Detour: The Organic Farm in Abiquiu, NM

by Mike on October 19, 2012 · 6 comments

This is the first in a 3-part series about our time in Abiquiu, NM. Read our entries about The Food and The Terrain too.

Unplugging, in order to plug back in

For Ang’s birthday, she requested that we get away to a 20-acre organic farm along a river in Abiquiu, New Mexico that our dear friends the Tartlers told us about. They had actually eloped there five years ago, and couldn’t stop raving about how peaceful and magical it was. We were intrigued. Already, Albuquerque and Santa Fe had already impressed us (blog posts to come!) and now, another destination. We contacted the farm owners Lisa and Jann, and booked our one night stay at The Riverhouse Casita (Spanish for “little house”), excited for the little jaunt away.

We were not disappointed. This farm in Abiquiu really is a world of wonder, magic and serenity.  It is a world of topaz-blue skies melting into blood orange sunsets that slip into twilit indigo hues, before finishing off into an infinite starry night sky.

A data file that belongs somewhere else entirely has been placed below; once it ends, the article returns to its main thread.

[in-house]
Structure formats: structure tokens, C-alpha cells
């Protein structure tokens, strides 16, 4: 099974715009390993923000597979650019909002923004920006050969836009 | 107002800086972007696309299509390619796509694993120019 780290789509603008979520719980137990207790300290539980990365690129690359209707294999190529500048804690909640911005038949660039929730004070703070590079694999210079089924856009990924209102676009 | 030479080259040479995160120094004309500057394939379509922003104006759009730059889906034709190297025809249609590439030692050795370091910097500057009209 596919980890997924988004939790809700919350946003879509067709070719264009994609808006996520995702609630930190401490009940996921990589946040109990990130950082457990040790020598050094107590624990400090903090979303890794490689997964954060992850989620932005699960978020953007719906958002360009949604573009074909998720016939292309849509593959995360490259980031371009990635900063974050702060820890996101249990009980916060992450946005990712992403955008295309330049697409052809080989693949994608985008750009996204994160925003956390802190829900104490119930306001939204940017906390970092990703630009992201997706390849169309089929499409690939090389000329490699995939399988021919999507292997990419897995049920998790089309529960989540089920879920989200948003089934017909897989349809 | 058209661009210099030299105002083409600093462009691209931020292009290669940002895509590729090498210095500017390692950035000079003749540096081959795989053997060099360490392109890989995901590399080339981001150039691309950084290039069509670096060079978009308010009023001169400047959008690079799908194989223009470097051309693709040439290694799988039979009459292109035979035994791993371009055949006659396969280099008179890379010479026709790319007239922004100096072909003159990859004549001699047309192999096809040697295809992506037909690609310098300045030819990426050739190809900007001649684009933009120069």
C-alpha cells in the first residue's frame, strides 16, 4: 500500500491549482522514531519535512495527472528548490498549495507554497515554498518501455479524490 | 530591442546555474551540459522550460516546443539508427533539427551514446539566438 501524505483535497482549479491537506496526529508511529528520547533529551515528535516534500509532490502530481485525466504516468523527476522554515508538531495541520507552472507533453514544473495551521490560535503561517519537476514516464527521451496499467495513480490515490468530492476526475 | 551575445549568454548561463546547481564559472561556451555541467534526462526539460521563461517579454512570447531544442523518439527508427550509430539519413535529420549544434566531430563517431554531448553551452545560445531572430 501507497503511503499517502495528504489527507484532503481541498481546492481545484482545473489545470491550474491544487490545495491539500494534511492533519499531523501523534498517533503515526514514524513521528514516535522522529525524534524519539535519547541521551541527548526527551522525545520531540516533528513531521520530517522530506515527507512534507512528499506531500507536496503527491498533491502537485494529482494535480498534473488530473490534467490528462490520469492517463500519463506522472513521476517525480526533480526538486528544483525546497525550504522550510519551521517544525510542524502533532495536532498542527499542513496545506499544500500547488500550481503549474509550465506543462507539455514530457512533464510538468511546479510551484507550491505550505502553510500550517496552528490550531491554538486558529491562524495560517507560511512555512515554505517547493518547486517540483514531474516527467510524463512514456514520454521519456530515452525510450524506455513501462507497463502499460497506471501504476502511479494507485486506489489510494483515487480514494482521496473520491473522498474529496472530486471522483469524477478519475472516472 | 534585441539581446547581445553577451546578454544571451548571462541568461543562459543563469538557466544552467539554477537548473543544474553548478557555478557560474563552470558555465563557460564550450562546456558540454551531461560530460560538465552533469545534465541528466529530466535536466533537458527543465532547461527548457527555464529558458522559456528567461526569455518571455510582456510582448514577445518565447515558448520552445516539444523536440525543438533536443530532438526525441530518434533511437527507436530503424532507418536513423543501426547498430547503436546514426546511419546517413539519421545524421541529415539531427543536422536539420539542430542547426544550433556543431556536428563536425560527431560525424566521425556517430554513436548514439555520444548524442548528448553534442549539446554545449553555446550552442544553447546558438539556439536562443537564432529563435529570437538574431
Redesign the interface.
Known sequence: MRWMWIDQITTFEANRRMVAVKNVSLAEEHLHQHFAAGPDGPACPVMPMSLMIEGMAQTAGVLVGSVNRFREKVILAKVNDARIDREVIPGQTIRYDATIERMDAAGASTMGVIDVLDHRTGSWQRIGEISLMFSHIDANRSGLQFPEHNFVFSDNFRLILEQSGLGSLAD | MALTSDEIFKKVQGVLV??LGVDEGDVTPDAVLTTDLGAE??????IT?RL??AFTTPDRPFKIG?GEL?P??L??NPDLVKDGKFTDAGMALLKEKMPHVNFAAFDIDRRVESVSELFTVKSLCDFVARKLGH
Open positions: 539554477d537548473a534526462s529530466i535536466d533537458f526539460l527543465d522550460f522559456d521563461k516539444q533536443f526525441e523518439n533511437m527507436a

It’s a world of golden cottonwood trees and ruddy landscapes with otherworldly contours reflecting the light of the sun in a dramatic pas de deux.

There are gentle, cool autumn breezes alternating with the radiating warmth of the sun to call every pore in your skin to life.

In this world you will find dusty, sometimes muddy paths that cut a swath through the scraggly knee-high grass, dried thistles and underbrush.

A ground-level world filled with prickly burrs, swarming ants, and delicate purple flowers.  The kind of world you have to shake off from your shoes’ soles with a pounding satisfaction, before heading indoors.

These paths lead to seemingly unremarkable, yet truly fascinating objects and locations.

The Crayola brown Chama River with an old tire embedded in its shifting silt…

An old Airstream camper, incongruously shining like a silver space ship amidst branches brandishing green and gold adornments…

Sections of the farm seem desolate, lonely. Parts, machinery, tools, projects interrupted — mostly there are reminders that there is always work to be done.

These sleek solar panels stick out like a righteous sore but environmentally-friendly thumb; they power the irrigation system on the farm.

Could Max be a farmhand-in-training? My dream is to have a beautiful farm for him to run around, like I had growing up on the eastern shore of Maryland. It was truly idyllic, and I’d love to give him that sense of freedom and nature. Tell me what’s better for a childhood?